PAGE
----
Saturday, April 16, 2016

Guest slot: Ruth Dudley Edwards

 Aline here. It's my privilege today to introduce you to Ruth Dudley Edwards, distinguished  British/Irish journalist, broadcaster, biographer and crime writer.  She's won the Crime Writers Association's Last Laugh Award twice for her brilliant satirical crime fiction as well as the CWA Gold Dagger for non-fiction – a unique achievement, I think.  That isn't surprising, since Ruth herself is a one-off – original, big-hearted, clever and very, very funny.  You'll enjoy meeting her here.

I had a card some time back that showed a couple tied to a railway track with a train coming towards them round the corner. “It’s your confounded optimism I can’t stand,” one was saying to the other. It was a not so subtle rebuke from a friend who had declared herself fed up with my resemblance to “Pollybloodyanna”.

Eleanor H Porter’s early 20th century heroine had been disappointed when the missionary barrel yielded a pair of crutches rather than the doll she had been hoping for, but quickly accepted her father’s recommendation that she should be glad she didn’t need them. Later, as an orphan, Pollyanna would cheer up the depressed inhabitants of a small Vermont town by teaching them “The Glad Game”.

I saw the film for the first time recently and wondered why they hadn’t strangled her, but I’d read the book as a small child and it had formed much my character, so, relentlessly, I keep on looking on the bright side while realising how annoying I can be.

In fact - though I’ve learned the hard way that when people are telling you a tale of misfortune they mostly want sympathy rather than an assurance that it’s all for the best - I don’t know how I’d get through life as a writer without a cheerful disposition.

When I’m being a journalist, I’m grateful that articles are short and deadlines therefore easy to meet. When I’m writing non-fiction, I stop myself cursing about the massive amount of reading I have to do by telling myself I’m glad I don’t have to think of a plot. And when I’m writing fiction and wondering what should happen next, I remind myself of the joy of having very little research.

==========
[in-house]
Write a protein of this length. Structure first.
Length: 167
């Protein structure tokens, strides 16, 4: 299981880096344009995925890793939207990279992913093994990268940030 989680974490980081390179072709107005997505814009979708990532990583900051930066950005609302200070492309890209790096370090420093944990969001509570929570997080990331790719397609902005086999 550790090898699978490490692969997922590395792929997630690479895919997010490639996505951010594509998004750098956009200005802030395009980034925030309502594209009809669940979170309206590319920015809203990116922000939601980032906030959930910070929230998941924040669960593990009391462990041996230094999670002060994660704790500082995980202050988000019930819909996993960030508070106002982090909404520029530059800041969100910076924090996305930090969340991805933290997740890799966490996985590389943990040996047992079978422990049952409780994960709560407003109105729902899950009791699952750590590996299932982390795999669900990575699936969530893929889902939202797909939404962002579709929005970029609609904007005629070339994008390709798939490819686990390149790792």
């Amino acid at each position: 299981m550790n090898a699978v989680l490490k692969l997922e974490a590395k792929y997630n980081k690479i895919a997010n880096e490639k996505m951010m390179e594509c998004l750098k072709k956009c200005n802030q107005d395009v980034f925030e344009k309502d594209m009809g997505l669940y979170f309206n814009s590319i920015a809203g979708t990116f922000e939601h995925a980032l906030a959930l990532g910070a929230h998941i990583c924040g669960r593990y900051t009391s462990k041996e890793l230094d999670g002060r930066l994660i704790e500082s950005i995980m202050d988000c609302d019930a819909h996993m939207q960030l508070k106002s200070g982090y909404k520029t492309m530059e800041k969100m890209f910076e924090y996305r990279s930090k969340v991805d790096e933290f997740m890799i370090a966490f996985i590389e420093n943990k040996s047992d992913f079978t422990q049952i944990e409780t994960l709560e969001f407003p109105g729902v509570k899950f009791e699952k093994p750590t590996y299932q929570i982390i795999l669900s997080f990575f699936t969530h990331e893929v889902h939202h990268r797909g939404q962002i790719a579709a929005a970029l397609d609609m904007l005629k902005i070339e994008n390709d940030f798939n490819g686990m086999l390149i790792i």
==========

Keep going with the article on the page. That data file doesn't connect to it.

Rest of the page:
The journalism often concerns terrorism and the non-fiction is often on very serious or even gloomy topics, but I get jokes in where I can and it cheers me up no end that my crime fiction is comic. My last novel, Killing the Emperors, was an all-out assault on what I regard as the massive confidence trick that is conceptual art.

Last month I published a book about the rebellion, insurrection or rising (all the words are contentious) that began in Dublin on Easter Monday 1916. The Seven: the lives and legacies of the founding fathers of the Irish Republic, looks at the unusual group of men, a clique within an oath-bound secret society, who planned a doomed revolution which afterwards turned them into nationalist icons.

A composite biography, it interweaves their stories. I realised as I was writing it, and many readers have commented, that its cliffhangers reflect crime fiction. I had to shoot them all in the end, which was rather melancholy because though I thought what they did was wrong and crazy, some of them were very likeable.

But I cheered myself up by reminding myself that I can play God in the crime book I’m about to begin. Mind you, it’s called A Fleece of Lawyers, so I’ll be tempted to go in for mass executions. Even Pollyanna will struggle to play The Glad Game in the law courts.

1 comment:

Irene Bennett Brown said...

An enjoyable post and a nice outlook on the writing life via Pollyannaism.